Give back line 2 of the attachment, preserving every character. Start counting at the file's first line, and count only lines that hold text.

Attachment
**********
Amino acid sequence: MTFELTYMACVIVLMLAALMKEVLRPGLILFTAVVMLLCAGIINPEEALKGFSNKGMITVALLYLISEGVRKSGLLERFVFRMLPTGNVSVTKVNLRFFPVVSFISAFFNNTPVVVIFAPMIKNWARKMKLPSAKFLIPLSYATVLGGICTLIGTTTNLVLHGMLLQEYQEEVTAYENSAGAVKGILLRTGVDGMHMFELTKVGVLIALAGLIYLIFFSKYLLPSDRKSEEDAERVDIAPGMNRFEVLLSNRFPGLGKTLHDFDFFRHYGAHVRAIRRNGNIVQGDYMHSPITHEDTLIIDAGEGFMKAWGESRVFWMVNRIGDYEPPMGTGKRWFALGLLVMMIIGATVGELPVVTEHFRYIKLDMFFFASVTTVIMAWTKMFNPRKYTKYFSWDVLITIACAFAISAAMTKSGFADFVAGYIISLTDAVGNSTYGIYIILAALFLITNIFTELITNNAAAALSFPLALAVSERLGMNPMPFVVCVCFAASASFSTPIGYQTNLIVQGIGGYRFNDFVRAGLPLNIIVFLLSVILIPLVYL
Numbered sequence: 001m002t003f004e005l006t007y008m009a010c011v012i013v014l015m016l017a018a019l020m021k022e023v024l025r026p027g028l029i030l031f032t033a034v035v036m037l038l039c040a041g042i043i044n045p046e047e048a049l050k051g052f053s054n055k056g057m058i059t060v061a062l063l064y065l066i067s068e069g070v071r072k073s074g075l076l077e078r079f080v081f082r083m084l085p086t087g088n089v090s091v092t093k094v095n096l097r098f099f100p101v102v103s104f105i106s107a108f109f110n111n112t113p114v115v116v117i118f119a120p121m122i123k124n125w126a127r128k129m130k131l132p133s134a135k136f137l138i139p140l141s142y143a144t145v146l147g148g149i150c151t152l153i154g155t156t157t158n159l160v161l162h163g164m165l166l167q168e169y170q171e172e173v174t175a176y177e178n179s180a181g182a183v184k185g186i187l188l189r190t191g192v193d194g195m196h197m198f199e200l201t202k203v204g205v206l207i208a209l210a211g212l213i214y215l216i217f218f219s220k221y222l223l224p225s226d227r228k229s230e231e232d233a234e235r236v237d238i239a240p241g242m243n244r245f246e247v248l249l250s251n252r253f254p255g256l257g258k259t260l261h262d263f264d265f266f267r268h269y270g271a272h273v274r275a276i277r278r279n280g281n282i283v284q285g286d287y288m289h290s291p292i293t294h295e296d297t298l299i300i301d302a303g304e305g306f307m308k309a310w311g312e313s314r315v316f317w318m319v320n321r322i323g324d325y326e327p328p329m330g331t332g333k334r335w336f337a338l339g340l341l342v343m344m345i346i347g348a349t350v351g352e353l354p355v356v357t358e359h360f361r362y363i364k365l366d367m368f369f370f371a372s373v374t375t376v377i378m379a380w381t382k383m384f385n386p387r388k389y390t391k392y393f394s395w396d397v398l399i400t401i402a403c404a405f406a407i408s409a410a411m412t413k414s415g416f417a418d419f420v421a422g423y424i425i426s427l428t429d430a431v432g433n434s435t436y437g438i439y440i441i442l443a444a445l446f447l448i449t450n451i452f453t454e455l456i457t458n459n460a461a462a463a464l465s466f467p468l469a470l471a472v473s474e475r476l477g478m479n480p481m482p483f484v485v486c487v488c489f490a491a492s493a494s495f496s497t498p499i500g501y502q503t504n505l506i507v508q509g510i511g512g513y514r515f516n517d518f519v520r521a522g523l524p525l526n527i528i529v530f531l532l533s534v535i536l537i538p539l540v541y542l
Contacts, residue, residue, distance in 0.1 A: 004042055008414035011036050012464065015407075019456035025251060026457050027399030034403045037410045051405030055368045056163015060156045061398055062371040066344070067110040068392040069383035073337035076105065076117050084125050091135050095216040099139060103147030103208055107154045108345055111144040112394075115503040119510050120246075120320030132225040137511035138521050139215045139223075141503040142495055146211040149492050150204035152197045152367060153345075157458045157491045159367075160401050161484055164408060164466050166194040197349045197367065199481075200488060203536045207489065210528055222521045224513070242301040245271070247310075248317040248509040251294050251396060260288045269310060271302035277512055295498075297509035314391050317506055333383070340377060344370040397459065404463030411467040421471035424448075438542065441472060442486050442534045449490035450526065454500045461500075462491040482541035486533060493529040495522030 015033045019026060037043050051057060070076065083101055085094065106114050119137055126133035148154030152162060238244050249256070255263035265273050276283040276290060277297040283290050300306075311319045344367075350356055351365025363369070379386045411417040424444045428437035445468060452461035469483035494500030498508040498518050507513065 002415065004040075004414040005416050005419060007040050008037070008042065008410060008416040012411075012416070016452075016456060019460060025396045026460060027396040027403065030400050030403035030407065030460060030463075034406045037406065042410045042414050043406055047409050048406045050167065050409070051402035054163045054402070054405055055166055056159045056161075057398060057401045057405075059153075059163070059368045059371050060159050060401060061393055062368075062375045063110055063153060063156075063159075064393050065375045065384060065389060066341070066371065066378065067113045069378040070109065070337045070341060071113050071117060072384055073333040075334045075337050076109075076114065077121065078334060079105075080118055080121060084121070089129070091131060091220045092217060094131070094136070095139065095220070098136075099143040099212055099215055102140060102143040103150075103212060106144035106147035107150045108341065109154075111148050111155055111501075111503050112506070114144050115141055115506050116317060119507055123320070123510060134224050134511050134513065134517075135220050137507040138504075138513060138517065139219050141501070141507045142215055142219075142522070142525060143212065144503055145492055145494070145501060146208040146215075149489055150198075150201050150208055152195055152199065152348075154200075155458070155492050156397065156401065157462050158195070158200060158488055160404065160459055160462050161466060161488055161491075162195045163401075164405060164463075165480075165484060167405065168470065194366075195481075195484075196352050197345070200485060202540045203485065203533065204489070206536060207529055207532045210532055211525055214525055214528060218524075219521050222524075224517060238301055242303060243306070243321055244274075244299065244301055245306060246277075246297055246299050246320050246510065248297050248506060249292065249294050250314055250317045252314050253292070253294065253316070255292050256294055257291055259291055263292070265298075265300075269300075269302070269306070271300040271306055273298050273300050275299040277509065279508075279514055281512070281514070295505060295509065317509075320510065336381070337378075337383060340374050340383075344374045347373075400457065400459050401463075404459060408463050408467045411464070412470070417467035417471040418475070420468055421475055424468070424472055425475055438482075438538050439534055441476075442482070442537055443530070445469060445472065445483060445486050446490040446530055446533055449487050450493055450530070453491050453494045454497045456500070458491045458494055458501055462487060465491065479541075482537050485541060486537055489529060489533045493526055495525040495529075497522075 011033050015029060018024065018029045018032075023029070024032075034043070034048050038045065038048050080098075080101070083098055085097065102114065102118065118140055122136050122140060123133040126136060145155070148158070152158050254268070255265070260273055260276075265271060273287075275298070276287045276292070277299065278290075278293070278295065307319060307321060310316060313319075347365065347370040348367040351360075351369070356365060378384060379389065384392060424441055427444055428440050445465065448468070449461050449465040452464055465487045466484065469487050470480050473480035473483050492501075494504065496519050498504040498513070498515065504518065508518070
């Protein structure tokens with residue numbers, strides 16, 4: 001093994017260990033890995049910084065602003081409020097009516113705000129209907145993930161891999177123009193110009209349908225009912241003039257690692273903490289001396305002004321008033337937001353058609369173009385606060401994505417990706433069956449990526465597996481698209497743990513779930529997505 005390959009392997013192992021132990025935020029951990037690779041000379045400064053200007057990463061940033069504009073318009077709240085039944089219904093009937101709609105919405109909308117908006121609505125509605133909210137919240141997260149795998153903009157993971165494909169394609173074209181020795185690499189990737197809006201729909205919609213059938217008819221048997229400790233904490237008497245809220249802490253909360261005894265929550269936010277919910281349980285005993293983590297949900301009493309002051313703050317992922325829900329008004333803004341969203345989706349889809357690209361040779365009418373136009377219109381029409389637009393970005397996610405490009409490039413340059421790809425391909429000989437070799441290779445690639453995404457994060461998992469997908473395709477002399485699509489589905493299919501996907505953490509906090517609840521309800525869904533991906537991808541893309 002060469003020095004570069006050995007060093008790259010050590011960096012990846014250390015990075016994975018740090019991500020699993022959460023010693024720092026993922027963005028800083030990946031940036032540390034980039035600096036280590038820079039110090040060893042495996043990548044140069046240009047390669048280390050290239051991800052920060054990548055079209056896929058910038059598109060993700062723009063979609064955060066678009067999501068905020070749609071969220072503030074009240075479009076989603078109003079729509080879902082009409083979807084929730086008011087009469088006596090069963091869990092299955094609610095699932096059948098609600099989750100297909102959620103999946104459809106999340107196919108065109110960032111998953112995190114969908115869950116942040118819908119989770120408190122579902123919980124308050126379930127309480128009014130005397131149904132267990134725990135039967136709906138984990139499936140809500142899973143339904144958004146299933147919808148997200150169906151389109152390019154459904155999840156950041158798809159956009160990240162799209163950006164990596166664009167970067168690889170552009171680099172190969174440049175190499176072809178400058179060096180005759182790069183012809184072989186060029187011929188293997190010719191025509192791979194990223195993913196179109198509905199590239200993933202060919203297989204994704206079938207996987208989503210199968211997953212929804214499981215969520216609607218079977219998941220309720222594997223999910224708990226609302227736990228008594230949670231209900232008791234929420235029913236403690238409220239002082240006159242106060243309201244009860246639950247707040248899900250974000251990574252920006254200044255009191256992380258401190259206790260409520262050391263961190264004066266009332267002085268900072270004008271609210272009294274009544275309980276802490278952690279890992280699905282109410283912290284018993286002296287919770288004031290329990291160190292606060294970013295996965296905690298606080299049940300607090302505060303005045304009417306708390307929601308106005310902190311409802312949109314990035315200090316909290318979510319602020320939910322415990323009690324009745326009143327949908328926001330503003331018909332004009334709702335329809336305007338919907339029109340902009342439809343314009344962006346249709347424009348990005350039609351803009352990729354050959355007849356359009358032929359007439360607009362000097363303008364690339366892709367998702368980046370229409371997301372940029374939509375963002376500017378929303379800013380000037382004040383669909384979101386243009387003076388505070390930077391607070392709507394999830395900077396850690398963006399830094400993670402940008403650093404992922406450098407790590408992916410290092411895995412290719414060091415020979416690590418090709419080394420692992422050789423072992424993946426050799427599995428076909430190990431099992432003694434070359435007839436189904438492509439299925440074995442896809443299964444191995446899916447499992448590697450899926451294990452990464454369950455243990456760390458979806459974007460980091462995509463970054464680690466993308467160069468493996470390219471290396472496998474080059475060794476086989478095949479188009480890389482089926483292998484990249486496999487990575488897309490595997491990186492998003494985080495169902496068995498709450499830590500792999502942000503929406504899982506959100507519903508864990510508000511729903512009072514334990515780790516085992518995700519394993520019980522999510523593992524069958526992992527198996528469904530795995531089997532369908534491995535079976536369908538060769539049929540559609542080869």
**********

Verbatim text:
Numbered sequence: 001m002t003f004e005l006t007y008m009a010c011v012i013v014l015m016l017a018a019l020m021k022e023v024l025r026p027g028l029i030l031f032t033a034v035v036m037l038l039c040a041g042i043i044n045p046e047e048a049l050k051g052f053s054n055k056g057m058i059t060v061a062l063l064y065l066i067s068e069g070v071r072k073s074g075l076l077e078r079f080v081f082r083m084l085p086t087g088n089v090s091v092t093k094v095n096l097r098f099f100p101v102v103s104f105i106s107a108f109f110n111n112t113p114v115v116v117i118f119a120p121m122i123k124n125w126a127r128k129m130k131l132p133s134a135k136f137l138i139p140l141s142y143a144t145v146l147g148g149i150c151t152l153i154g155t156t157t158n159l160v161l162h163g164m165l166l167q168e169y170q171e172e173v174t175a176y177e178n179s180a181g182a183v184k185g186i187l188l189r190t191g192v193d194g195m196h197m198f199e200l201t202k203v204g205v206l207i208a209l210a211g212l213i214y215l216i217f218f219s220k221y222l223l224p225s226d227r228k229s230e231e232d233a234e235r236v237d238i239a240p241g242m243n244r245f246e247v248l249l250s251n252r253f254p255g256l257g258k259t260l261h262d263f264d265f266f267r268h269y270g271a272h273v274r275a276i277r278r279n280g281n282i283v284q285g286d287y288m289h290s291p292i293t294h295e296d297t298l299i300i301d302a303g304e305g306f307m308k309a310w311g312e313s314r315v316f317w318m319v320n321r322i323g324d325y326e327p328p329m330g331t332g333k334r335w336f337a338l339g340l341l342v343m344m345i346i347g348a349t350v351g352e353l354p355v356v357t358e359h360f361r362y363i364k365l366d367m368f369f370f371a372s373v374t375t376v377i378m379a380w381t382k383m384f385n386p387r388k389y390t391k392y393f394s395w396d397v398l399i400t401i402a403c404a405f406a407i408s409a410a411m412t413k414s415g416f417a418d419f420v421a422g423y424i425i426s427l428t429d430a431v432g433n434s435t436y437g438i439y440i441i442l443a444a445l446f447l448i449t450n451i452f453t454e455l456i457t458n459n460a461a462a463a464l465s466f467p468l469a470l471a472v473s474e475r476l477g478m479n480p481m482p483f484v485v486c487v488c489f490a491a492s493a494s495f496s497t498p499i500g501y502q503t504n505l506i507v508q509g510i511g512g513y514r515f516n517d518f519v520r521a522g523l524p525l526n527i528i529v530f531l532l533s534v535i536l537i538p539l540v541y542l